The research and the map will make people think again about the advantages of closed supply chains in small areas. It will make people aware that no matter how the products are produced, it is already very sustainable if it is produced nearby, so that there is no pollution because of transport.
People on the mainland tend to feel dependent on sources from abroad or far away in their own country, because that is just the way it works nowadays. If Texel proves to be able to foresee in its own needs, then it could serve as an example for the mainland. It can show to “overkanters” that sources do not necessarily have to be far away. That it is possible to produce whatever you need on a surface as small as Texel. In this way the island can be a catalyst for the same closed chains on the mainland. An island is a good way to start because the boundaries are very clear
This map will make visible all the chains and cycles on the island for the first time. A side advantage is that this will make missing links visible. For example when all potatoes used in restaurants are imported from the mainland, this will be noticed via the map. Then an entrepreneur could try to fix this gap in the market getting financial and sustainable benefits. Another example is a restaurant getting its vegetables from the mainland, not knowing other restaurants get the appels from an orchard on the other side of the island, he will notice this via the map and make a connection with this orchard.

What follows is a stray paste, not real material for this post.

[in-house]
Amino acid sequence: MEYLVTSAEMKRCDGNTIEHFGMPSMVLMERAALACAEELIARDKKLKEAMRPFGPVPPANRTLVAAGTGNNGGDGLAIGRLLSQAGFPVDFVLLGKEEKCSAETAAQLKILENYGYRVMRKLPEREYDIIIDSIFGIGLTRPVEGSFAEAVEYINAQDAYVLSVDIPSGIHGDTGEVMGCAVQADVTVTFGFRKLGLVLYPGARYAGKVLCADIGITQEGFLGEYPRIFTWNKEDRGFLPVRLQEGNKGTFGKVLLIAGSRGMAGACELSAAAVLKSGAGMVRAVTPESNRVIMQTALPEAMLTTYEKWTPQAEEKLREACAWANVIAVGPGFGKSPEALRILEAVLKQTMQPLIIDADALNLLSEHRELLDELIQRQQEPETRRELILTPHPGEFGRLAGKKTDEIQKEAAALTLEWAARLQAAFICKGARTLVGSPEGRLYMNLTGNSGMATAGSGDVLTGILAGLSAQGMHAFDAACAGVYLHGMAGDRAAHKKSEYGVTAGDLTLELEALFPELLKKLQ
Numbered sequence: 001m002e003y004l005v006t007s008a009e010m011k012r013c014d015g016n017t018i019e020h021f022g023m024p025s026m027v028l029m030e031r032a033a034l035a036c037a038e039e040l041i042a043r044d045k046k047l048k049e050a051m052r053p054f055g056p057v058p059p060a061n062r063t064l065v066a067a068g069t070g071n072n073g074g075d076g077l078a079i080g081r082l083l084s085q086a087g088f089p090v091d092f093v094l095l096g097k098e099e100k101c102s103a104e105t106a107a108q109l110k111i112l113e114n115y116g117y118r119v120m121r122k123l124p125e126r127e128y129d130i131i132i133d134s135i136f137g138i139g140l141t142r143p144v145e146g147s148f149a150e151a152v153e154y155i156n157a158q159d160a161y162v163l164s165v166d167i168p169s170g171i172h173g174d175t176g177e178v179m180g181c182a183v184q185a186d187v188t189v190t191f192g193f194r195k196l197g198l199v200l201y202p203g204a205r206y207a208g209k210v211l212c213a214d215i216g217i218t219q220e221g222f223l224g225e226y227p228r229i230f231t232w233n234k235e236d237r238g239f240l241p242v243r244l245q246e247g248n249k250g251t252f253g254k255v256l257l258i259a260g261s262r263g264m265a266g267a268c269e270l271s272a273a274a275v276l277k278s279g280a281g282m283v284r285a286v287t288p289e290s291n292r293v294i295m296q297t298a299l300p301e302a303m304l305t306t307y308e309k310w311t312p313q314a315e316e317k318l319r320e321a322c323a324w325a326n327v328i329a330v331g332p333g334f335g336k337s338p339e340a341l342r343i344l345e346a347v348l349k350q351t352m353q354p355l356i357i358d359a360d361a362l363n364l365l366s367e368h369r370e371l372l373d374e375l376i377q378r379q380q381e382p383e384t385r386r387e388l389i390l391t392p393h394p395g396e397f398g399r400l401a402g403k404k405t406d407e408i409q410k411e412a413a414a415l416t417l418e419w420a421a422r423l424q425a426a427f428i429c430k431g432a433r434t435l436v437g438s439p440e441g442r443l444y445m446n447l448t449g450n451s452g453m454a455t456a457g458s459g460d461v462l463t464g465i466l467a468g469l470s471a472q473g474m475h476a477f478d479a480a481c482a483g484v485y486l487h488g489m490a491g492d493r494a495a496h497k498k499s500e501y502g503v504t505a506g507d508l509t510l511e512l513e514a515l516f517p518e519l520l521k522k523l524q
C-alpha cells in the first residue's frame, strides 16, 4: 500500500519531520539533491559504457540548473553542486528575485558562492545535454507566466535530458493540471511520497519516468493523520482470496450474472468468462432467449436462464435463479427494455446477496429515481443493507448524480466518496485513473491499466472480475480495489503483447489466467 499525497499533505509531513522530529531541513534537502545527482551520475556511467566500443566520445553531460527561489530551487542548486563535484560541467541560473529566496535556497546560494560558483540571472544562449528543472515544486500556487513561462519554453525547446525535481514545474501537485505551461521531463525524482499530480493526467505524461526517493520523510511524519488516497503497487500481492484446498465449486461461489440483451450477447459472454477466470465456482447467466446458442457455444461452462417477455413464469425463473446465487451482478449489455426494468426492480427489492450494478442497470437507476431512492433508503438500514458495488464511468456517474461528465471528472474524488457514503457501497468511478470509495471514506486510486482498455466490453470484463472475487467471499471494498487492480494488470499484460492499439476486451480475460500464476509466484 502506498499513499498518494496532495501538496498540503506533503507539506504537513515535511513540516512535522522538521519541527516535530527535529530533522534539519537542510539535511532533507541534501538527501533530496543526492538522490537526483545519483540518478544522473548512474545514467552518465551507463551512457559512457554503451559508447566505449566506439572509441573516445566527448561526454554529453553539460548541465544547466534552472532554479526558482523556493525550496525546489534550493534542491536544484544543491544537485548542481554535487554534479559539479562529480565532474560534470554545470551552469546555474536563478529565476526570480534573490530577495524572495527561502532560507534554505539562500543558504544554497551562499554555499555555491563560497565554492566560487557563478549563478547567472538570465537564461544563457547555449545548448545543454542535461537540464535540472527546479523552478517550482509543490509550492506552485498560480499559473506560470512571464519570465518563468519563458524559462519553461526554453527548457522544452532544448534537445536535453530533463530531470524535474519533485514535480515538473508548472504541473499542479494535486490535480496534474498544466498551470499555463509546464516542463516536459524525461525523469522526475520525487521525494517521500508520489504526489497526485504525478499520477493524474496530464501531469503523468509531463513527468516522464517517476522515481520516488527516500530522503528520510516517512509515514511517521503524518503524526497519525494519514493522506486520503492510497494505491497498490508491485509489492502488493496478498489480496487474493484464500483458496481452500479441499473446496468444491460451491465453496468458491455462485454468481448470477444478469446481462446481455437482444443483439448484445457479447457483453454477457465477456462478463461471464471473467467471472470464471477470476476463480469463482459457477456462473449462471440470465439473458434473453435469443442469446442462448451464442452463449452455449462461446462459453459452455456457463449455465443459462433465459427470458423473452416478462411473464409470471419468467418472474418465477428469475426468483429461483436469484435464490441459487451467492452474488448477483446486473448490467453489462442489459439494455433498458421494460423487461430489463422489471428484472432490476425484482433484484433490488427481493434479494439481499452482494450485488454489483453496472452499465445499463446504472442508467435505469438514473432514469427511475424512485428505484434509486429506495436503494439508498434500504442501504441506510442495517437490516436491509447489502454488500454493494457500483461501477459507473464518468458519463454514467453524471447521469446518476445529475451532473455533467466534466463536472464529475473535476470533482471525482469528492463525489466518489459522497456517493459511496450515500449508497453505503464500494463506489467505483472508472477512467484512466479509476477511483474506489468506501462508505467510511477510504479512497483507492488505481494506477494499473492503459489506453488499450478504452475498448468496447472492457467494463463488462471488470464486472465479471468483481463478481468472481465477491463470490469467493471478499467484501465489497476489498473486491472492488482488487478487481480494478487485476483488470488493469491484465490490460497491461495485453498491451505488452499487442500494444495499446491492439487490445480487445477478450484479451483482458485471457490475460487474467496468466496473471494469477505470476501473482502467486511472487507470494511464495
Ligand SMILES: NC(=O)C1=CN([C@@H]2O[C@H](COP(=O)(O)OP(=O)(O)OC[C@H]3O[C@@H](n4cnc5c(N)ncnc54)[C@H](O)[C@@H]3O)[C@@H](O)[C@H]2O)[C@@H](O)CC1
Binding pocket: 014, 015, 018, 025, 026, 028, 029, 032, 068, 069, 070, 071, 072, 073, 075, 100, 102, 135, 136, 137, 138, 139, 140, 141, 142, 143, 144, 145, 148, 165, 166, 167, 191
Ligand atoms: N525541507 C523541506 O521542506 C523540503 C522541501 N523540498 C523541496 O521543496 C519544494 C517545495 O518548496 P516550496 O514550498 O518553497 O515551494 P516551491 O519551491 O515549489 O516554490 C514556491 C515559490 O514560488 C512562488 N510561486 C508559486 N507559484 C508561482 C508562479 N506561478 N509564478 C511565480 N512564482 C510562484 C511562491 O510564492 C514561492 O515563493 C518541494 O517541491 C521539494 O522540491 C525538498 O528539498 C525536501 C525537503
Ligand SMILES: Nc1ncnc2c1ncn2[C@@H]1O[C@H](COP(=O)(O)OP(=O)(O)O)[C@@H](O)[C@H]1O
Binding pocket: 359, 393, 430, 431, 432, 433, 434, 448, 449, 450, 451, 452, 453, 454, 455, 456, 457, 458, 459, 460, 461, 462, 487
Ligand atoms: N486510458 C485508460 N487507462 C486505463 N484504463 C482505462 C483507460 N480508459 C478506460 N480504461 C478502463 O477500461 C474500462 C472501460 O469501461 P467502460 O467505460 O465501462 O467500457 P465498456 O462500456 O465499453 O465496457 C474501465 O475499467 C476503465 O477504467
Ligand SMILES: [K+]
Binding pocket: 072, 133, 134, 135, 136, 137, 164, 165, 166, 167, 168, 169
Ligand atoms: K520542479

That is the second thing, it stimulates companies to cut off their connections with the mainland and find connections on the island, because these connections with the mainland are also evident on the map.
This will work very well, companies will want to attend the map because it will give them more customers because tourists will be send from one part of the connection to the other, because of the connection and maybe discount.